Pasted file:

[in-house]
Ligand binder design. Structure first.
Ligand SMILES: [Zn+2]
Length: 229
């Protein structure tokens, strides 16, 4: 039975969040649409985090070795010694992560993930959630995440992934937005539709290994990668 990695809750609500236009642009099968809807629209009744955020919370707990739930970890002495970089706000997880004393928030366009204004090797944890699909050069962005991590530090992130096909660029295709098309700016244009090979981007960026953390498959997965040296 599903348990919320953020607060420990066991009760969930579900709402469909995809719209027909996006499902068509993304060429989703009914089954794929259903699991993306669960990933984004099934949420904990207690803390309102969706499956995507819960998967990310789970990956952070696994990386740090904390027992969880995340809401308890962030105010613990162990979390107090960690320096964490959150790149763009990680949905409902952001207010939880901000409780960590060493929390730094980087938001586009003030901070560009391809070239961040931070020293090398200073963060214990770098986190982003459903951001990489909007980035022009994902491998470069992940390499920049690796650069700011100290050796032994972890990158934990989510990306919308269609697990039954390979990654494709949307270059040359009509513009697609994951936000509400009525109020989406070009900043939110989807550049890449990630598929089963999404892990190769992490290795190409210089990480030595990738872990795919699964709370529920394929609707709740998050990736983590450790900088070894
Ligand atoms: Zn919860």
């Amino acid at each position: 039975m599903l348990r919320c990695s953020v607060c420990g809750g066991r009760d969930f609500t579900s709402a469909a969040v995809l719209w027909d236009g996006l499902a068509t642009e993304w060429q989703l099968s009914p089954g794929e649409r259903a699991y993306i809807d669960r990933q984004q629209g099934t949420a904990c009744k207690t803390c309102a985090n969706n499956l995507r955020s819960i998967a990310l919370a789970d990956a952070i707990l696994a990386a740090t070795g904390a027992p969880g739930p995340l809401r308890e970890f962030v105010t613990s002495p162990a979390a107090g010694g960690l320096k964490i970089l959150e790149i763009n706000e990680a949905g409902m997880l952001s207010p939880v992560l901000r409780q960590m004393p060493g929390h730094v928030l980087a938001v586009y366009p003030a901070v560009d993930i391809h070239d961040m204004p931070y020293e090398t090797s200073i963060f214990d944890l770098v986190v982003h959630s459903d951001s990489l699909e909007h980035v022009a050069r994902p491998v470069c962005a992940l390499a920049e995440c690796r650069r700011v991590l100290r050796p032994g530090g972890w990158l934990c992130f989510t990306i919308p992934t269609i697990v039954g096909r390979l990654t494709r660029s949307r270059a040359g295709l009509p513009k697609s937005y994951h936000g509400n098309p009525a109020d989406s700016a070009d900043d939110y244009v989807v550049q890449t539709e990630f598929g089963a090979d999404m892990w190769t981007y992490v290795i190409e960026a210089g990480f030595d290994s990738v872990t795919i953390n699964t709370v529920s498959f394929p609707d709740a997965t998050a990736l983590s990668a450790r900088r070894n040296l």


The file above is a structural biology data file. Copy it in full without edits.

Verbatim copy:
[in-house]
Ligand binder design. Structure first.
Ligand SMILES: [Zn+2]
Length: 229
């Protein structure tokens, strides 16, 4: 039975969040649409985090070795010694992560993930959630995440992934937005539709290994990668 990695809750609500236009642009099968809807629209009744955020919370707990739930970890002495970089706000997880004393928030366009204004090797944890699909050069962005991590530090992130096909660029295709098309700016244009090979981007960026953390498959997965040296 599903348990919320953020607060420990066991009760969930579900709402469909995809719209027909996006499902068509993304060429989703009914089954794929259903699991993306669960990933984004099934949420904990207690803390309102969706499956995507819960998967990310789970990956952070696994990386740090904390027992969880995340809401308890962030105010613990162990979390107090960690320096964490959150790149763009990680949905409902952001207010939880901000409780960590060493929390730094980087938001586009003030901070560009391809070239961040931070020293090398200073963060214990770098986190982003459903951001990489909007980035022009994902491998470069992940390499920049690796650069700011100290050796032994972890990158934990989510990306919308269609697990039954390979990654494709949307270059040359009509513009697609994951936000509400009525109020989406070009900043939110989807550049890449990630598929089963999404892990190769992490290795190409210089990480030595990738872990795919699964709370529920394929609707709740998050990736983590450790900088070894
Ligand atoms: Zn919860």
């Amino acid at each position: 039975m599903l348990r919320c990695s953020v607060c420990g809750g066991r009760d969930f609500t579900s709402a469909a969040v995809l719209w027909d236009g996006l499902a068509t642009e993304w060429q989703l099968s009914p089954g794929e649409r259903a699991y993306i809807d669960r990933q984004q629209g099934t949420a904990c009744k207690t803390c309102a985090n969706n499956l995507r955020s819960i998967a990310l919370a789970d990956a952070i707990l696994a990386a740090t070795g904390a027992p969880g739930p995340l809401r308890e970890f962030v105010t613990s002495p162990a979390a107090g010694g960690l320096k964490i970089l959150e790149i763009n706000e990680a949905g409902m997880l952001s207010p939880v992560l901000r409780q960590m004393p060493g929390h730094v928030l980087a938001v586009y366009p003030a901070v560009d993930i391809h070239d961040m204004p931070y020293e090398t090797s200073i963060f214990d944890l770098v986190v982003h959630s459903d951001s990489l699909e909007h980035v022009a050069r994902p491998v470069c962005a992940l390499a920049e995440c690796r650069r700011v991590l100290r050796p032994g530090g972890w990158l934990c992130f989510t990306i919308p992934t269609i697990v039954g096909r390979l990654t494709r660029s949307r270059a040359g295709l009509p513009k697609s937005y994951h936000g509400n098309p009525a109020d989406s700016a070009d900043d939110y244009v989807v550049q890449t539709e990630f598929g089963a090979d999404m892990w190769t981007y992490v290795i190409e960026a210089g990480f030595d290994s990738v872990t795919i953390n699964t709370v529920s498959f394929p609707d709740a997965t998050a990736l983590s990668a450790r900088r070894n040296l």